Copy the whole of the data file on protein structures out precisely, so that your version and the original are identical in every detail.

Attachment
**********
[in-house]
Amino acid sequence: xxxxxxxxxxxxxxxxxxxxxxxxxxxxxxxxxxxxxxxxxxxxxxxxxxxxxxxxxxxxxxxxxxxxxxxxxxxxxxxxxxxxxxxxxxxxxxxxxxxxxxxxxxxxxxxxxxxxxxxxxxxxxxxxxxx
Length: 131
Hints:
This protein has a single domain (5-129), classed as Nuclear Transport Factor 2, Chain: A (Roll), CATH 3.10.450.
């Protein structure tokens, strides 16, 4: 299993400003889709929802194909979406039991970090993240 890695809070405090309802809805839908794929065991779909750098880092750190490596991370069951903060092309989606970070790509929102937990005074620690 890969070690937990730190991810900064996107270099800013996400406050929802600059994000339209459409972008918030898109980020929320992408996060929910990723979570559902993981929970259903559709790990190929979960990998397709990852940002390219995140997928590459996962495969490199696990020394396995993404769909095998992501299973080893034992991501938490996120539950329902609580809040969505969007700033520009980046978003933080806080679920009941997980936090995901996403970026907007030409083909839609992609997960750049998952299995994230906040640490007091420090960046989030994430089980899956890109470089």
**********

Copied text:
[in-house]
Amino acid sequence: xxxxxxxxxxxxxxxxxxxxxxxxxxxxxxxxxxxxxxxxxxxxxxxxxxxxxxxxxxxxxxxxxxxxxxxxxxxxxxxxxxxxxxxxxxxxxxxxxxxxxxxxxxxxxxxxxxxxxxxxxxxxxxxxxxx
Length: 131
Hints:
This protein has a single domain (5-129), classed as Nuclear Transport Factor 2, Chain: A (Roll), CATH 3.10.450.
């Protein structure tokens, strides 16, 4: 299993400003889709929802194909979406039991970090993240 890695809070405090309802809805839908794929065991779909750098880092750190490596991370069951903060092309989606970070790509929102937990005074620690 890969070690937990730190991810900064996107270099800013996400406050929802600059994000339209459409972008918030898109980020929320992408996060929910990723979570559902993981929970259903559709790990190929979960990998397709990852940002390219995140997928590459996962495969490199696990020394396995993404769909095998992501299973080893034992991501938490996120539950329902609580809040969505969007700033520009980046978003933080806080679920009941997980936090995901996403970026907007030409083909839609992609997960750049998952299995994230906040640490007091420090960046989030994430089980899956890109470089």